Ah, the new year—a perfect time for reflection: What did we do well? What could we do better? What do we need to change? These questions lead us to our resolutions. At the heart of any New Year’s resolution is a person’s strong desire to protect where he or she is in life. People work hard to achieve what they have, and they don’t want to lose that. In a very real sense, compliance plans speak to this desire: You work hard to build and maintain a successful business, and you believe you’re following all the rules and regulations related to your industry—but you’re not certain. And it’s that uncertainty that makes you feel like, at any moment, your entire life could get turned upside-down with a single knock on the door, phone call, or letter.

If sincerely implemented, a compliance plan—and the compliance program resulting from that plan—can provide some peace of mind and security. When I say “sincerely implemented,” I mean your compliance plan and program must be more than a binder on a shelf. Compliance is the collagen that runs through your business and holds it together. It provides peace of mind—reassurance that you’re actively making reasonable efforts to comply with the requirements of your business. The plan provides employees with the means to seek answers to compliance questions and raise potential concerns.

Under the Affordable Care Act (ACA), CMS was given the authority to mandate compliance programs to providers who participate in federally-funded insurances. The ACA required CMS to develop risk categories for fraud, waste, and abuse for Medicare providers. CMS has been gradually introducing requirements around compliance programs, starting with large and “high-risk” providers as defined by CMS. Skilled Nursing Facilities (SNFs) are the most recent group of providers added to the list of those mandated to have compliance programs.

CMS also has given Medicare Part C insurance providers (e.g., Medicare Advantage Plans or Medicare Managed Care) the ability to require contracted service suppliers to have compliance programs. I first noticed this in a recent newsletter from a Medicare Part C insurance provider. In the newsletter, the provider told contracted service suppliers that they had 90 days to attest that they had a compliance program. If a supplier fails to attest within the 90 days, it runs the risk of losing its contract. To learn more about CMS-required compliance programs under Part C and Part D, check out this link.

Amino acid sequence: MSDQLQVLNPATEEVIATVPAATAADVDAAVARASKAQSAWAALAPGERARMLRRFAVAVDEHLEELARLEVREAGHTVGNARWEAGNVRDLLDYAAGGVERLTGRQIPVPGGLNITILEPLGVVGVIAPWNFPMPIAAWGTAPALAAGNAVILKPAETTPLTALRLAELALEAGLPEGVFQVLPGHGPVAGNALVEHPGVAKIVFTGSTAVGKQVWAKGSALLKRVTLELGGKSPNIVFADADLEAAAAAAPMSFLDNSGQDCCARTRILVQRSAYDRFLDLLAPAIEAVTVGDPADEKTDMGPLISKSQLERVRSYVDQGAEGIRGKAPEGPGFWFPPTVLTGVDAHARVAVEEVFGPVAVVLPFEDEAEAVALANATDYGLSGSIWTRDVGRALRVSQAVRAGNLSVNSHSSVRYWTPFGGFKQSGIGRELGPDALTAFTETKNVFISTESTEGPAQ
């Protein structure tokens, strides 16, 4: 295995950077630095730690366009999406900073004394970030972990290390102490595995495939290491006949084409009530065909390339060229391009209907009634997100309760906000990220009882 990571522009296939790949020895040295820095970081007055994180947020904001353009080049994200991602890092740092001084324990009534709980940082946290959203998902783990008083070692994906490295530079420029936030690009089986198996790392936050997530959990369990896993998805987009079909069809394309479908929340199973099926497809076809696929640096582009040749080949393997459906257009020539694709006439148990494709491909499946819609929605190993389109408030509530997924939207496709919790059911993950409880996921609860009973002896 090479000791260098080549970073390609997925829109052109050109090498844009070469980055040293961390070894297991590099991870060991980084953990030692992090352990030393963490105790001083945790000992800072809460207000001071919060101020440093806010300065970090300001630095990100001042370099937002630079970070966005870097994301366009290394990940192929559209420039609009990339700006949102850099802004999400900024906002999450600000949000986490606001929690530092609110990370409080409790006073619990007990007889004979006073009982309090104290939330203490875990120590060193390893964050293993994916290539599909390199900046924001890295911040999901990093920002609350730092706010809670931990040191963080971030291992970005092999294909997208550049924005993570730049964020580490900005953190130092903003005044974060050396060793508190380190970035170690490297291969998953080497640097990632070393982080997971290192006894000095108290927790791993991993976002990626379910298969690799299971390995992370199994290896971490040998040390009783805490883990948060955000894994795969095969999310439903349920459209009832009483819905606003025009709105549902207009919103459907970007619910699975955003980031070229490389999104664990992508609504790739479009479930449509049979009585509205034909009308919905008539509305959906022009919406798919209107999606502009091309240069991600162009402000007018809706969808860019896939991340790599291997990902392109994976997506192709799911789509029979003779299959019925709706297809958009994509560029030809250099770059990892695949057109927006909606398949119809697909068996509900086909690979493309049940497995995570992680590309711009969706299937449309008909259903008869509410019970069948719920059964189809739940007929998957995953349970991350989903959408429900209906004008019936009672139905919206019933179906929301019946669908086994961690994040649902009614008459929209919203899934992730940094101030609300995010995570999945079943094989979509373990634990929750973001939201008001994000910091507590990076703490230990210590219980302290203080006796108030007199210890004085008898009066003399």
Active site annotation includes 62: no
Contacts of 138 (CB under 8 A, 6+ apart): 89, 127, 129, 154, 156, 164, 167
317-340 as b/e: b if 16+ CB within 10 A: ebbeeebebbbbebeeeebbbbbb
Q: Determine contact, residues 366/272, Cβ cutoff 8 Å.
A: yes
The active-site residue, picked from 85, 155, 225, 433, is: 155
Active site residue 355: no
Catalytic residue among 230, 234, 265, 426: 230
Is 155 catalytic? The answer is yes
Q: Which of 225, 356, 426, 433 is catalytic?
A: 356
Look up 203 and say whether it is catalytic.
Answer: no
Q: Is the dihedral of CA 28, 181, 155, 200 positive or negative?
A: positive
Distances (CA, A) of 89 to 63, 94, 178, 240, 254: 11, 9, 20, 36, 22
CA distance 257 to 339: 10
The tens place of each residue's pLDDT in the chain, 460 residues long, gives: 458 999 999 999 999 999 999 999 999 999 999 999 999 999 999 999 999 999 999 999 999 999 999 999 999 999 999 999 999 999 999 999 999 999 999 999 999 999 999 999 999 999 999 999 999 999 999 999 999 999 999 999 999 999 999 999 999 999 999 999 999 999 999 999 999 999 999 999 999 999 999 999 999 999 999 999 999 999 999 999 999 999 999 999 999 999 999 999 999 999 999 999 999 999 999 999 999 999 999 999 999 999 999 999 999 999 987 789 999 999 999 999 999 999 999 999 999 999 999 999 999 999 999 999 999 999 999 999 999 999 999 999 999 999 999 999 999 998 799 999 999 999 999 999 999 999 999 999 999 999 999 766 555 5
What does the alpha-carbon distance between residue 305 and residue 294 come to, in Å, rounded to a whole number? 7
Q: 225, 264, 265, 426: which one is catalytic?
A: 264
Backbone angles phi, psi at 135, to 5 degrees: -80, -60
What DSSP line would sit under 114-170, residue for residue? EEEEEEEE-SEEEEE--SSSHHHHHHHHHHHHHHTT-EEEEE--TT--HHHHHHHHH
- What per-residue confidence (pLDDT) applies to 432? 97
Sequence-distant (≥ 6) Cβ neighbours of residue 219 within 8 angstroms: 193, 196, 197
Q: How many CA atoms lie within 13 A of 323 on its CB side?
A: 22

The Medicare Manual (Pub 100-16, Chapter 21) actually does a nice job of outlining Medicare’s expectations regarding compliance plans:

  • Compliance plans contain the seven essential elements for an effective compliance plan as outlined by OIG guidance on effective compliance plans.
  • Compliance plans must be customized for the supplier of Medicare covered services.
  • A compliance plan will not be effective unless adequate resources are provided for the program.

What can you do?

It seems inevitable that all Medicare/federally-funded insurance providers will require compliance plans. With that in mind, here are my recommendations:

  • Read those insurance newsletters. You could be missing important information. If you haven’t done so, create, implement, and track your compliance program.
  • Purchase a packaged compliance plan if you don’t have the time or resources to institute your own. For additional advice on crafting your own compliance plan, check out these blog posts: Creating a Compliance Plan for Your Practice, What are Compliance Programs and Why Does My PT Practice Need One?, and Four Considerations For Hiring a Medicare Compliance Consultant.
  • Assess your practice for compliance, including, but not limited to, compliance with:
    • Insurance providers, including both federal and commercial insurances. In recent cases, I have seen the Department of Justice teaming up with BCBS providers on false claims cases.
    • HIPAA—in terms of both federal requirements and your local state privacy requirements.
    • OSHA/DOH. For me, these are two sides of the same coin. OSHA is about having a safe working environment, and the Department of Health is about having a safe environment for the public.
    • Employment requirements—again, in terms of both federal and state requirements.
  • Once you have assessed your practice for potential compliance risks, prioritize those risks and develop your compliance plan for addressing your risks.
  • If it all seems too much, seek outside expert assistance.